Frozen Dam

Views from the bridge on Christmas Eve 2019

Here is a companion post for last Sunday’s photographs of Beebee Lake. This was taken where the lake outflow continues as Fall Creek. Enjoy!!

Copyright 2019 All Rights Reserved Michael Stephen Wills

The Arctic?

Views from the bridge on Christmas Eve 2019

No, on the afternoon of Christmas Eve I took the 1.2 mile walk around Beebee Lake, wearing Yacktracs for the icy paths, after a series of very cold days.

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The lake surface resembled the images of a Saturn moon.

It is a picturesque structure, the bridge, spanning the mouth of a water filled gorge of Fall Creek.

Here is another photograph of the interesting lake surface. All photos of this post are from my IPhone.j

Fall Creek is frozen wall to wall of the gorge.

Slideshow of photographs in this series

Copyright 2019 All Rights Reserved Michael Stephen Wills

Quaker Settlement Series 2

Gone too soon

Joseph P. Lee, a middle aged gentleman with carvings of a mature willow flanked by urns. In the intervening 162 years the upper layers of slate flake at the edges.

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Rhoda Ann Mattison, a wife who died too young. What was the relationship of James and Rhoda to Catherine and John?

The carving is a pineapple (for hospitality) set in a elegant vase on a plinth flanked by ionic columns, a simple arch (banded to imply a rainbow?) surmounts all. Cross hatching implies space. An implied eternal banding of stylized leaves as starbursts.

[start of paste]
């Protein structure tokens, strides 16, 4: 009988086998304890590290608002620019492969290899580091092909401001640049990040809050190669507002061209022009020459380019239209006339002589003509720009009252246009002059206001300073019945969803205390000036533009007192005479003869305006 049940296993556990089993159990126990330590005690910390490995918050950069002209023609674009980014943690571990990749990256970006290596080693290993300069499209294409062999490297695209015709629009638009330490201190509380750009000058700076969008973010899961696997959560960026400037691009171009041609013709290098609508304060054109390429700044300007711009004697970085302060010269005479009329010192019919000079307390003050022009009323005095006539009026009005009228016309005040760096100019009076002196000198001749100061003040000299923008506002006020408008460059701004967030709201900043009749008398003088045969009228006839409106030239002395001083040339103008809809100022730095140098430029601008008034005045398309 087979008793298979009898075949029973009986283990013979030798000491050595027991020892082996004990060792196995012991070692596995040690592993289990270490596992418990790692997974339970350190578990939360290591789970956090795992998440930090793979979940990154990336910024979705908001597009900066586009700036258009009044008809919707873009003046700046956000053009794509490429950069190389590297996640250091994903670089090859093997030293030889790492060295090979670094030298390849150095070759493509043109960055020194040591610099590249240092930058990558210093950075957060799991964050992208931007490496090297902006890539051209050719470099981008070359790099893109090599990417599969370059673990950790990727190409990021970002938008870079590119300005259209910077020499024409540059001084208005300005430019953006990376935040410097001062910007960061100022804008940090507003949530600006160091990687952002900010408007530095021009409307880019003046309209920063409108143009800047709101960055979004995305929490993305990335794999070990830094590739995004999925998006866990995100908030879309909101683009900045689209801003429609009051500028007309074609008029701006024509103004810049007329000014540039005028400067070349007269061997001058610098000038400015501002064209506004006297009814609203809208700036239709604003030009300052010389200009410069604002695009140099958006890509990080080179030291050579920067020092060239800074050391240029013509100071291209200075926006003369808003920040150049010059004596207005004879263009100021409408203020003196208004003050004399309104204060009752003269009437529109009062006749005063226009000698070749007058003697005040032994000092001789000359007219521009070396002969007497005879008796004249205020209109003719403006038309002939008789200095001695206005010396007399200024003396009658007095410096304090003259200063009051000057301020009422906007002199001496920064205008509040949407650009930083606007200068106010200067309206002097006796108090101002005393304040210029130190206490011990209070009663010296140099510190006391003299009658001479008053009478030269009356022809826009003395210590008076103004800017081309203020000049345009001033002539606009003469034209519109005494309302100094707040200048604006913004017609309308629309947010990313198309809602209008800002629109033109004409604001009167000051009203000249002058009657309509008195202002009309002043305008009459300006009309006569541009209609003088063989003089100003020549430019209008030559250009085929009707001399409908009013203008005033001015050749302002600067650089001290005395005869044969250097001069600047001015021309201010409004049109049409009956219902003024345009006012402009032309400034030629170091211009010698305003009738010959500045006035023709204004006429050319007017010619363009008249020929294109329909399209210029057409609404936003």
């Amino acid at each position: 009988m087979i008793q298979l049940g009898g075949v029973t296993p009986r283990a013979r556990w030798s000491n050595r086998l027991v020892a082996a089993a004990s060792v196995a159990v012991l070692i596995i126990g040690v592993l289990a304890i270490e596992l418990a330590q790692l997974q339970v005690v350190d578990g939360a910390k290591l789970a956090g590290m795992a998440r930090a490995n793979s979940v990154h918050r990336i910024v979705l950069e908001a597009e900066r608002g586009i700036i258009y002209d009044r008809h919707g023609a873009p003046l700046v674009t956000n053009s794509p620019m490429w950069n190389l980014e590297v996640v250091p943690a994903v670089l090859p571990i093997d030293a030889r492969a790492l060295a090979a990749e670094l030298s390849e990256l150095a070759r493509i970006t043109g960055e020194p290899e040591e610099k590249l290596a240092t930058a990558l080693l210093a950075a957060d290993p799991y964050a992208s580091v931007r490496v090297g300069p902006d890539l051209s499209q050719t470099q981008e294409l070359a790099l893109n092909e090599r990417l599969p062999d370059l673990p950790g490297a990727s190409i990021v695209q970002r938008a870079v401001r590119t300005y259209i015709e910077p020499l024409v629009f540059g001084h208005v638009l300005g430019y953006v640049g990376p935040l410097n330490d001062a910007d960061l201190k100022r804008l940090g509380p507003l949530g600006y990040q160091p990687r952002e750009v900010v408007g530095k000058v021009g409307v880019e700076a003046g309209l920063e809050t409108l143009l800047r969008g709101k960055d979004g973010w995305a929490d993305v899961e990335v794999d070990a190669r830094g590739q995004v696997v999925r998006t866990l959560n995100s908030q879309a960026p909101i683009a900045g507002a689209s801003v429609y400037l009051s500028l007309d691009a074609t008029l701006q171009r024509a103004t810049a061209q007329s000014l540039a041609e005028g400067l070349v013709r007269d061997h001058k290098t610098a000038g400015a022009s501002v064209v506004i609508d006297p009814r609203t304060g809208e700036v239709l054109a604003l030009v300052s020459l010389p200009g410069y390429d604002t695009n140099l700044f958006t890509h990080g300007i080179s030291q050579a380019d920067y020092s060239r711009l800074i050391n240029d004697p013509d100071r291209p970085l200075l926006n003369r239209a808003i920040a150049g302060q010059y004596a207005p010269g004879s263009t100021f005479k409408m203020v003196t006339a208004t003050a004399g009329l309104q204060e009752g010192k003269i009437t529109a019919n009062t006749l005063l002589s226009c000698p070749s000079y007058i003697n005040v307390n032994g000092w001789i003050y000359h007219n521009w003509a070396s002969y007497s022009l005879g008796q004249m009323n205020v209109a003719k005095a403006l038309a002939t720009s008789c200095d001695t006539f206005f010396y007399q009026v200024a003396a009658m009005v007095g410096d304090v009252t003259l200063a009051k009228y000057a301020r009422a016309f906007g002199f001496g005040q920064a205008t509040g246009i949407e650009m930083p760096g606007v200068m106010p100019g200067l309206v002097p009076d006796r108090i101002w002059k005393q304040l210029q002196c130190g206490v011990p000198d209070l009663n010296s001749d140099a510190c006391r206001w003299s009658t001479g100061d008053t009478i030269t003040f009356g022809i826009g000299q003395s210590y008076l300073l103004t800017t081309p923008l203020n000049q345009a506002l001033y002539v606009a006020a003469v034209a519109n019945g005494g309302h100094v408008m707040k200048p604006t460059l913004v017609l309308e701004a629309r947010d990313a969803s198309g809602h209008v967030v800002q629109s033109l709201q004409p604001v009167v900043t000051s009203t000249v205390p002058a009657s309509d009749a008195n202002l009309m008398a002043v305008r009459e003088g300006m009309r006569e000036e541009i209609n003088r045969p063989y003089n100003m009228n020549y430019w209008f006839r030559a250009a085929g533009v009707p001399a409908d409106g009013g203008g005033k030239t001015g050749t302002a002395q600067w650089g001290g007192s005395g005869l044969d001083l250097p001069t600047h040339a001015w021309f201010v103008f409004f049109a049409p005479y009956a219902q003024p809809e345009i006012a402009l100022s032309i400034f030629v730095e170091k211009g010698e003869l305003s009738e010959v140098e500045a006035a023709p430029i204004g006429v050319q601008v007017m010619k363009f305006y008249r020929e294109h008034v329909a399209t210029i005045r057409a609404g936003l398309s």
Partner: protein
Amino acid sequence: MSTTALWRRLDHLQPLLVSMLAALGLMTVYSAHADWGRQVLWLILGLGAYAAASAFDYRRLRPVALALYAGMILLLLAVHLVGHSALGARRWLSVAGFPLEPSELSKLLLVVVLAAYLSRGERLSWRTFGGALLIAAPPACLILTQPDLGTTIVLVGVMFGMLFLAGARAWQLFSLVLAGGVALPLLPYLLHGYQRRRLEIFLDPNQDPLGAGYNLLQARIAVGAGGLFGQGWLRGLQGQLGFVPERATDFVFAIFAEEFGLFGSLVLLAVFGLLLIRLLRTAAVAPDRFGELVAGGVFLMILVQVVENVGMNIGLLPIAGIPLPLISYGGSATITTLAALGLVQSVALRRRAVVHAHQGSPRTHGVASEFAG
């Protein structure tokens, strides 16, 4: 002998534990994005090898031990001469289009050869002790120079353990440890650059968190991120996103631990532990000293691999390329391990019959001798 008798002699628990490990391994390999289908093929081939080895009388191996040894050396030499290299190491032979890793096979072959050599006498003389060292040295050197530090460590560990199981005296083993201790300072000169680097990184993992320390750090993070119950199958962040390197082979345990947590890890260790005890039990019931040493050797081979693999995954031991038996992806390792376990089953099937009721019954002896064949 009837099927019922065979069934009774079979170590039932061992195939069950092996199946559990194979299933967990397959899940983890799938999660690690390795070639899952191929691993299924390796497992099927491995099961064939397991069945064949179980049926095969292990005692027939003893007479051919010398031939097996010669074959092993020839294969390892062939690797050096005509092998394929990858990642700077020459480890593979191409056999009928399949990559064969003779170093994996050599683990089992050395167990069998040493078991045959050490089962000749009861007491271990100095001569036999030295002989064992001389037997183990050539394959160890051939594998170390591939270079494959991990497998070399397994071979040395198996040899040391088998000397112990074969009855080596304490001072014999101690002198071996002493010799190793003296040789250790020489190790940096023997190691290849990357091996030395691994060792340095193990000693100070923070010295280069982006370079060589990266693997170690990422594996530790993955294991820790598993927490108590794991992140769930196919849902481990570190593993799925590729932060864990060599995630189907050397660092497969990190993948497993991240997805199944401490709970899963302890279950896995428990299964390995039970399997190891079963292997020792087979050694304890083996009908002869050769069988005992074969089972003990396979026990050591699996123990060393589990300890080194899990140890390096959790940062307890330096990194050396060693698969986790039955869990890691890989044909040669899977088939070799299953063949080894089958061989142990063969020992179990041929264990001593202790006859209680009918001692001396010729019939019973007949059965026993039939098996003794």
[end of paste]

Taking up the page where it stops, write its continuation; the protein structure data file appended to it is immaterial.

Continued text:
I brought out the characteristic slate coloring. There is evidence of ware from the intervening 197 years, though the carving is surprising crisp.

Slideshow of photographs in this series

Copyright 2019 All Rights Reserved Michael Stephen Wills

Quaker Settlement Series 1

Delving the past

On my way to Taughannock Falls, November 6, 2019 (see my post “Cuteness Break”, the first of that series) I explored a different route and came up this cemetery set among an appealing pine grove.

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Located in the town of Ulysses, New York there is a Quaker Settlement church a few feet further west on Perry City Road. I have Quaker ancestors, so took the opportunity to peruse the family names. The stones were unusually beautiful and touching, mostly local slate, some with intricate carvings.

Here is a headstone for two young people of the same family name. The white marble carved in the form of a willow, from the flowing lines and, knowing how our willows green up springtime, it calls to mind the same youthful greening as appropriate for two young people who lived 22 and 15 years.

Analysis of the dates, given in the following capture, tells the story of an young woman, a baby born 5 months after her death and who followed his aunt 15 years later.

I have a great aunt who also died young with a headstone naming her mother and father. Here is the granite headstone of Mary R. Daughter of George & Margarett Wills Died Oct. 3, 1886 Aged 20 years. Saint Mary of Assumption Cemetery, Sweetwater, New Jersey. My grandfather James Edward Wills was 9 years old at his sister Mary’s passing. He must have attended her church service and internment, standing at this spot.